Real Consumer Spending Rose in March

Personal income increased less than 0.1 percent in March after rising 0.4 percent in February. Wages and salaries, the largest chart april 30component of personal income, rose 0.2 percent in March after rising 0.3 percent in February.

Current-dollar disposable personal income (DPI), after-tax income, increased less than 0.1 percent in March after rising 0.5 percent in February.

Real DPI, income adjusted for taxes and inflation, decreased 0.2 percent in March after increasing 0.3 percent in February.

Real consumer spending (PCE), spending adjusted for price changes, increased 0.3 percent in March after decreasing less than 0.1 percent in February. Spending on durable goods increased 2.0 percent in March after decreasing 1.1 percent February.

PCE prices increased 0.2 percent in March, the same increase as in February. Excluding food and energy, PCE prices increased 0.1 percent in March, the same increase as in February.

Personal saving rate
Personal saving as a percent of DPI was 5.3 percent in March and 5.7 percent in February.

For more information, read the full report.

Real DPI April 30

GDP Up Slightly in First Quarter

Real gross domestic product (GDP) increased 0.2 percent in the first quarter of 2015, according to the “advance” estimate released by the Bureau of Economic Analysis. In the fourth quarter of 2014, real GDP increased 2.2 per- cent. In the first quarter, the dollar strengthened against major currencies, imports and exports were delayed be- cause of labor disputes in key ports, energy prices declined, and several regions experienced severe weather.

April 29 GDP Q2Q

First-quarter GDP highlights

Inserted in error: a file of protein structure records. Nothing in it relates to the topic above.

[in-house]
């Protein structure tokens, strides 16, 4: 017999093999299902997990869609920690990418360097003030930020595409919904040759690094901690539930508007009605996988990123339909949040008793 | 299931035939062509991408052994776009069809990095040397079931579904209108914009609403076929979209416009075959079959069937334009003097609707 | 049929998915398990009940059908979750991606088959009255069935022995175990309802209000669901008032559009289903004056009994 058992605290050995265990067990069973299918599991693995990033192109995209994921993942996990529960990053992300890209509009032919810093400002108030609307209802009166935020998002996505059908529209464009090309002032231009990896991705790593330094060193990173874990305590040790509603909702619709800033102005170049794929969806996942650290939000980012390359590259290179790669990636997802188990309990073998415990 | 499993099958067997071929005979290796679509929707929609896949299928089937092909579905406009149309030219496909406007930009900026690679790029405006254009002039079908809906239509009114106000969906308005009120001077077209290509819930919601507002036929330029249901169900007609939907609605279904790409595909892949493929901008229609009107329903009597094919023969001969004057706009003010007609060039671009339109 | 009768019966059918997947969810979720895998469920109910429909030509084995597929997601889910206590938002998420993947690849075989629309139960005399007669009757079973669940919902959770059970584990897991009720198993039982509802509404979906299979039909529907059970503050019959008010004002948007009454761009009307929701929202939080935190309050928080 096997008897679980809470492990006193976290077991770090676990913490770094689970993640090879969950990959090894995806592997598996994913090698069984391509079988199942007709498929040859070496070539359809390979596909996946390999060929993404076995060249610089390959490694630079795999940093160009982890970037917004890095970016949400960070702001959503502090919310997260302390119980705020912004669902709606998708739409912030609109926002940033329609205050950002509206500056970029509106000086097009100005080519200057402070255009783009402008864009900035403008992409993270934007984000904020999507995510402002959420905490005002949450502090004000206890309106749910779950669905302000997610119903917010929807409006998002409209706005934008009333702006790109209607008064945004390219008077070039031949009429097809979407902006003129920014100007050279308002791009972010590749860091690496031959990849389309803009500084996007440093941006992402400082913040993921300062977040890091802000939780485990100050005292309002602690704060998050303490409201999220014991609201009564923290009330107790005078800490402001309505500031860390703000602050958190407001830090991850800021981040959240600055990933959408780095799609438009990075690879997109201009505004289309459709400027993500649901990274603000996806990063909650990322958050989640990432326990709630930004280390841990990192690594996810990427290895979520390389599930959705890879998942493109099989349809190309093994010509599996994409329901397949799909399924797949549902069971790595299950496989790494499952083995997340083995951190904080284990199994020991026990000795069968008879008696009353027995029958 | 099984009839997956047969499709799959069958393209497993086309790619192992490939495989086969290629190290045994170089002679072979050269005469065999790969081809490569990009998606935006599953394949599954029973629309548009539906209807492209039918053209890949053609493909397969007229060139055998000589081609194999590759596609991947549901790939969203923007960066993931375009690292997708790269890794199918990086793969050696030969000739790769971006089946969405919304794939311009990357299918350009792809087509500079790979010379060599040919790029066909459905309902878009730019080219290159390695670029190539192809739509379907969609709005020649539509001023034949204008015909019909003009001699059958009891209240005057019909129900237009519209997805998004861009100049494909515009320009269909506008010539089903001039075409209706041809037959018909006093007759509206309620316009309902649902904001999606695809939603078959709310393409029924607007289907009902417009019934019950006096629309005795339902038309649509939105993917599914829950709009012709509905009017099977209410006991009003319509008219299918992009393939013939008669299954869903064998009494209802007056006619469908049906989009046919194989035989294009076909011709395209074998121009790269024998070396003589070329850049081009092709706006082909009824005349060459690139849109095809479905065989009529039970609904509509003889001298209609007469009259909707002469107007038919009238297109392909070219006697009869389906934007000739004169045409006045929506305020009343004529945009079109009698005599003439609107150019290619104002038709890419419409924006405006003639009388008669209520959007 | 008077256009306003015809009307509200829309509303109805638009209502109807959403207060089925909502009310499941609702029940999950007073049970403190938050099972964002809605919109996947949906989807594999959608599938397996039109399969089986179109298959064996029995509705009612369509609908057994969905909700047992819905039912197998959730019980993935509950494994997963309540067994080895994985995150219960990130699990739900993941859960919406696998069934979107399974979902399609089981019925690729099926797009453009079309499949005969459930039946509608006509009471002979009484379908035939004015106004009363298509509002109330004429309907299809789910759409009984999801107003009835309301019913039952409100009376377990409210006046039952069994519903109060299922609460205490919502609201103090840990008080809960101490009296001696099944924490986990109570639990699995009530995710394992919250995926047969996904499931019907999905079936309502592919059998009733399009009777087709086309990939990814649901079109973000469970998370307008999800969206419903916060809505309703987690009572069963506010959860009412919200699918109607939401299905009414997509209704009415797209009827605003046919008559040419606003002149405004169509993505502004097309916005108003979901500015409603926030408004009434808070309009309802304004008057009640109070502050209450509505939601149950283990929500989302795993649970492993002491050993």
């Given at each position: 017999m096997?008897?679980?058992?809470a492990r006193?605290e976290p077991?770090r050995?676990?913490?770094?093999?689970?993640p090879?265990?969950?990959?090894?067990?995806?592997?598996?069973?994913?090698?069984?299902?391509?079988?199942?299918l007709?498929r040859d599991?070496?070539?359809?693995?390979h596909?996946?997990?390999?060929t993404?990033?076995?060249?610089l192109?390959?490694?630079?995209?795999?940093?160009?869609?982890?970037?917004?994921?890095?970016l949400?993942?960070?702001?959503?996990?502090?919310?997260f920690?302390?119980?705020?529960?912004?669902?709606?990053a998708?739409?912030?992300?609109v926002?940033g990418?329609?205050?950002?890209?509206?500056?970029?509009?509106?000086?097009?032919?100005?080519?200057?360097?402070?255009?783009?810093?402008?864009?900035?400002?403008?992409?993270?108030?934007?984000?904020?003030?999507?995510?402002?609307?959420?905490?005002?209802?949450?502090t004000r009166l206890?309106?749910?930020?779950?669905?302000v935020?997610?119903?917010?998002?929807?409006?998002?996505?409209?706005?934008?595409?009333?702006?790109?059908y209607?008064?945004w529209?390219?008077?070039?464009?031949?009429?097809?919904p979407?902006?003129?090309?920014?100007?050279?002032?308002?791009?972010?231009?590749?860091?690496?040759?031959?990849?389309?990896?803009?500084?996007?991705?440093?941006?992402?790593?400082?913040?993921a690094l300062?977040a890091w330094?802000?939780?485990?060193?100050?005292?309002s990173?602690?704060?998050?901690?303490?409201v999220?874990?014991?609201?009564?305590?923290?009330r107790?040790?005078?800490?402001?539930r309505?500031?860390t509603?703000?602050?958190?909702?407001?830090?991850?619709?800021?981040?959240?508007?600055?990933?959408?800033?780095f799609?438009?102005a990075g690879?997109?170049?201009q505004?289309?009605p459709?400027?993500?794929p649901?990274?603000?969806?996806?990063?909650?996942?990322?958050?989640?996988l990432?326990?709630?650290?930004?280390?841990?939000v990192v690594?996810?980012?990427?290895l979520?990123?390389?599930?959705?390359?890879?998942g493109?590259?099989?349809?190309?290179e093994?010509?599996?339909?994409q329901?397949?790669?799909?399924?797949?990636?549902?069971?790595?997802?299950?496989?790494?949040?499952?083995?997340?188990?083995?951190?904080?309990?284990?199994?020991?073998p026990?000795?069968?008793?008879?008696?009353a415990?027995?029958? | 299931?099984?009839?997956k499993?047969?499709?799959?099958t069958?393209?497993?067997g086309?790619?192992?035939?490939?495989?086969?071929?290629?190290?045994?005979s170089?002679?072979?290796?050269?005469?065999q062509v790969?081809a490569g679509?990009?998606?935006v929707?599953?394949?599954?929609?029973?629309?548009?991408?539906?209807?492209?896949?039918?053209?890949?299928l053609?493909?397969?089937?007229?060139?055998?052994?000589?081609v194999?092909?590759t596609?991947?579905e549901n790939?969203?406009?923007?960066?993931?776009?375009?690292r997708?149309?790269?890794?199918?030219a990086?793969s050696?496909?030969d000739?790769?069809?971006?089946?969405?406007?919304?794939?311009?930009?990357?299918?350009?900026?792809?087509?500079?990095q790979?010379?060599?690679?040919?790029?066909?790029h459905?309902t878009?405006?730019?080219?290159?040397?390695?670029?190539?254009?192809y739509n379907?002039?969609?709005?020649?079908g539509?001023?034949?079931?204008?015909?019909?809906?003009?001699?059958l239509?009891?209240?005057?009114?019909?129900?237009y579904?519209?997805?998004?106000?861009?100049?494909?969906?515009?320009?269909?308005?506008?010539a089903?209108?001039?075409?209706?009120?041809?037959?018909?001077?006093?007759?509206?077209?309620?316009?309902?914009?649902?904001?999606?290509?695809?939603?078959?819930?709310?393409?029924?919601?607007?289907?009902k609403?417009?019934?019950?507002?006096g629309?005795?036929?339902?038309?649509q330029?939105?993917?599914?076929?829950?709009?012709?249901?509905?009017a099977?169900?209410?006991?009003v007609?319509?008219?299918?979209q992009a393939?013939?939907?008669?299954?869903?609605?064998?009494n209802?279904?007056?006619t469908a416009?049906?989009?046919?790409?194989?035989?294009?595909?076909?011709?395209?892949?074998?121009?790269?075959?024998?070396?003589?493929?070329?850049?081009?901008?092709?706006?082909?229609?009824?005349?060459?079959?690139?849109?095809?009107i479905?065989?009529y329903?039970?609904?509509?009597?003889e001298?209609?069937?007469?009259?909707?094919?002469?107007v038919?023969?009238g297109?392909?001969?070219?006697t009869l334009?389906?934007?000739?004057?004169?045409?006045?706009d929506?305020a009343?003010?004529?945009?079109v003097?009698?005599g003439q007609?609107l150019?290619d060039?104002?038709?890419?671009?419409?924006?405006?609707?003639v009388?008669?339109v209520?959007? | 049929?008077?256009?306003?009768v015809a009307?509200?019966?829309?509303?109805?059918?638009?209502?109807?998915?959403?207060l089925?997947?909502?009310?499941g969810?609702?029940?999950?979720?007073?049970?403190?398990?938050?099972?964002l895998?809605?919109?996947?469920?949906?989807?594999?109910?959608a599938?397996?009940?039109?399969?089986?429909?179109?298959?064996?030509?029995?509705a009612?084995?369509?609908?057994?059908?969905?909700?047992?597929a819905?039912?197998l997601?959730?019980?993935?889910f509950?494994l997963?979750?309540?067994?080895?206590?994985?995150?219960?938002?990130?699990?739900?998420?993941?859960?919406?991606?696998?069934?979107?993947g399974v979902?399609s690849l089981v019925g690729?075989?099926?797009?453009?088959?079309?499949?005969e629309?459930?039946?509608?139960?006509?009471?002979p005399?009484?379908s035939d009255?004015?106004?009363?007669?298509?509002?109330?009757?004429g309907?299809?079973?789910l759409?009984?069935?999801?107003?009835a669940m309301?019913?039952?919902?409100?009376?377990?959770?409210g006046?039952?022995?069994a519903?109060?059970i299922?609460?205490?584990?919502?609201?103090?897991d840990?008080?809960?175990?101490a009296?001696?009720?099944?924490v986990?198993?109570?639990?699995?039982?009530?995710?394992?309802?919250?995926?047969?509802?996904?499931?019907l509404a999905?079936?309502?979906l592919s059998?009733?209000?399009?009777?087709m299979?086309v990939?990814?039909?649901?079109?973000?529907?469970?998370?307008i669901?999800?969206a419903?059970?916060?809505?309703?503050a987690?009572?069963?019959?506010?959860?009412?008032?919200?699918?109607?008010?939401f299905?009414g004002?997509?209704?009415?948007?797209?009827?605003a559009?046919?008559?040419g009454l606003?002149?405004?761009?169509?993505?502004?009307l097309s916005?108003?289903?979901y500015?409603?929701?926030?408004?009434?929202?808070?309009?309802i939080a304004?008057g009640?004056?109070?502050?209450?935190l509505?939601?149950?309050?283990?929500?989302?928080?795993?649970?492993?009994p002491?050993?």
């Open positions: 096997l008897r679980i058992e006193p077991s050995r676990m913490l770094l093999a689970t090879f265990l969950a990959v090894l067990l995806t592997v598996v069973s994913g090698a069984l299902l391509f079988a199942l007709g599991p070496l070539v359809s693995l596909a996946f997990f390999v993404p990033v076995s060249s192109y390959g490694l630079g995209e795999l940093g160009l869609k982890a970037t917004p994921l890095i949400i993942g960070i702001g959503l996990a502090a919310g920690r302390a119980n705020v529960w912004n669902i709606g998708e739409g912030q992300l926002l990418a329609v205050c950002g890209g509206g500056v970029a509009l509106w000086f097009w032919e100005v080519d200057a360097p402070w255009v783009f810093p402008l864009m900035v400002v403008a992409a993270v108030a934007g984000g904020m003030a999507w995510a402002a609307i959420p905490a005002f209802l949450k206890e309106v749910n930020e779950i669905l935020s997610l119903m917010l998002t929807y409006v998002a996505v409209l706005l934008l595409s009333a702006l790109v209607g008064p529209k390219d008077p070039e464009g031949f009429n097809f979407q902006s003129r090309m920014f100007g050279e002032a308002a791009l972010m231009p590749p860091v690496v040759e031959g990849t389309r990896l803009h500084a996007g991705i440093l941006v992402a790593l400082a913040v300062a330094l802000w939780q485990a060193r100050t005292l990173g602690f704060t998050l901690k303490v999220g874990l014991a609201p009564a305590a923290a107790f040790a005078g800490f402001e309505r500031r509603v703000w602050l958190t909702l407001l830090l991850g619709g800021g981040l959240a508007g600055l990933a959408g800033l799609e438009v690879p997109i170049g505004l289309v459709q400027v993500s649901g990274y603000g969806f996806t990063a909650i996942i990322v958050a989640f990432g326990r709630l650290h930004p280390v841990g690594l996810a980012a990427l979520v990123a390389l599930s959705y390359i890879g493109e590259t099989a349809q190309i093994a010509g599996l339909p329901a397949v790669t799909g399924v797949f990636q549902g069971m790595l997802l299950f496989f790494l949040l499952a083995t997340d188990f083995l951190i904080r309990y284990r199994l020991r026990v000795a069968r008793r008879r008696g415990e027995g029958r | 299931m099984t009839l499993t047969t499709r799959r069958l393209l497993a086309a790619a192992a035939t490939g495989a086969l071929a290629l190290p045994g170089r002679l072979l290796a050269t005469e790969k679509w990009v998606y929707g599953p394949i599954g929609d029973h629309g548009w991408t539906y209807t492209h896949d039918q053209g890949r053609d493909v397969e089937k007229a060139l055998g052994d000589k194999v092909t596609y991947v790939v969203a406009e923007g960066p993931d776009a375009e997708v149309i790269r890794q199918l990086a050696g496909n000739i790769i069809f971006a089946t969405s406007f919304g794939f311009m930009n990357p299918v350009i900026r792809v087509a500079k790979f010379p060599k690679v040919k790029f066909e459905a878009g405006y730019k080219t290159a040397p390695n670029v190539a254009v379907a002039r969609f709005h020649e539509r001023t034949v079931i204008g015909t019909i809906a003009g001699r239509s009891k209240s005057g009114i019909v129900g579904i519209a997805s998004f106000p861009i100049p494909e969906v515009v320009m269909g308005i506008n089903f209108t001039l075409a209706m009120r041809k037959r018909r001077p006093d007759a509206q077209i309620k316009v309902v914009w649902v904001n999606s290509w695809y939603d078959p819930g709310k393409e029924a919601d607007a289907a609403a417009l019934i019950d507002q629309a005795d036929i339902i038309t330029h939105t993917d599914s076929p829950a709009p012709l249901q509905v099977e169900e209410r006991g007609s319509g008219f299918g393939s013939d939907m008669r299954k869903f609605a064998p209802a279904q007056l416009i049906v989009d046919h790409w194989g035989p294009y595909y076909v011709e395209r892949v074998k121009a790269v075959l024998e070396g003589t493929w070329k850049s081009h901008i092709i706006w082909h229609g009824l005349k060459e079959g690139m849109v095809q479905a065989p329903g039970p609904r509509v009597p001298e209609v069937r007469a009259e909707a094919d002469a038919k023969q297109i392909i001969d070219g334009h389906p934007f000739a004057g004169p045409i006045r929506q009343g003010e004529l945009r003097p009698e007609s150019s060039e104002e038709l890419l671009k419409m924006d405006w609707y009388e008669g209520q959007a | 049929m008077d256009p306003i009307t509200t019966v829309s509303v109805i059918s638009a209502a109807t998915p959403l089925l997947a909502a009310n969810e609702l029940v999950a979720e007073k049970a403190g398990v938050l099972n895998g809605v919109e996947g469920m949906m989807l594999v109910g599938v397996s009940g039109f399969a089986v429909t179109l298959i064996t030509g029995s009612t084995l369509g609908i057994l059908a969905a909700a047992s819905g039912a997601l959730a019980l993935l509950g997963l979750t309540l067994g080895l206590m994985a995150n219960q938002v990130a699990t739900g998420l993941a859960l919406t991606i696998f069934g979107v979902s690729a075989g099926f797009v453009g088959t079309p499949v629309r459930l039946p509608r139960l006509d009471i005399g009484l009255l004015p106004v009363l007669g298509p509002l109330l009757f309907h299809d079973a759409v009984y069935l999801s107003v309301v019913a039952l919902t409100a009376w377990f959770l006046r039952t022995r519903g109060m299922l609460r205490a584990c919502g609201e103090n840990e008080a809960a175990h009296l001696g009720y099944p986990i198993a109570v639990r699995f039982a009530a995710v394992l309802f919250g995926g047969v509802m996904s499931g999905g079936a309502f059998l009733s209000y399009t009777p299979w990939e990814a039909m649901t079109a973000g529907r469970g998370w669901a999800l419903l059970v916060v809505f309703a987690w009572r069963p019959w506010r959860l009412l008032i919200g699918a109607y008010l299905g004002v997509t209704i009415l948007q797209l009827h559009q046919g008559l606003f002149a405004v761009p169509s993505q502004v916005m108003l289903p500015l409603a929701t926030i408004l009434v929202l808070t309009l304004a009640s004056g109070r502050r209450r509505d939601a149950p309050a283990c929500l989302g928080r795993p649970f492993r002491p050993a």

The following contributed to the increase in real GDP:

  • Consumer spending increased, mainly on household services.
  • Inventory investment increased, notably in the nondurable-goods manufacturing industry.

These positive contributions to real GDP growth were largely offset by the following:

  • The trade deficit widened in the first quarter, reflecting a decline in goods exports.
  • Business investment declined, notably in mining exploration, shafts, and wells.
  • State and local government spending declined.

Personal income and personal saving
Real disposable personal income (DPI)—personal income adjusted for inflation and taxes—increased 6.2 percent in the first quarter, compared with 3.6 percent in the fourth quarter of 2014. Personal saving as a percentage of current-dollar DPI was 5.5 percent, compared with 4.6 percent.

Q2Q Percent change April 29

First-quarter prices
Prices of goods and services bought by U.S. resi- dents decreased 1.5 percent in the first quarter, after decreasing 0.1 percent in the fourth quarter of 2014. The first-quarter decline was the largest since the first quarter of 2009.

Energy prices declined more than in the fourth quarter. Food prices also fell.

Excluding food and energy, prices increased 0.3 percent in the first quarter after increasing 0.7 percent in the fourth quarter.

For more information, read the full report.

Nondurable Goods Manufacturing Led Growth in the Fourth Quarter Gross Domestic Product by Industry

Nondurable goods manufacturing was the leading contributor to U.S. economic growth in the fourth quarter of 2014. Both private goods- and services-producing sectors contributed to the increase, while the government sector decreased. Overall, 15 of 22 industry groups contributed to the 2.2 percent increase in real GDP.

GDP by industry April 23

  • Durable goods manufacturing increased 0.3 percent following an increase of 7.0 percent, while nondurable goods increased 9.7 percent, after decreasing 6.6 percent.
  • Finance and insurance decreased 7.7 percent after increasing 21.2 percent.
  • Real estate and rental leasing increased 1.5 percent, after increasing 4.4 percent.

Value added April 23

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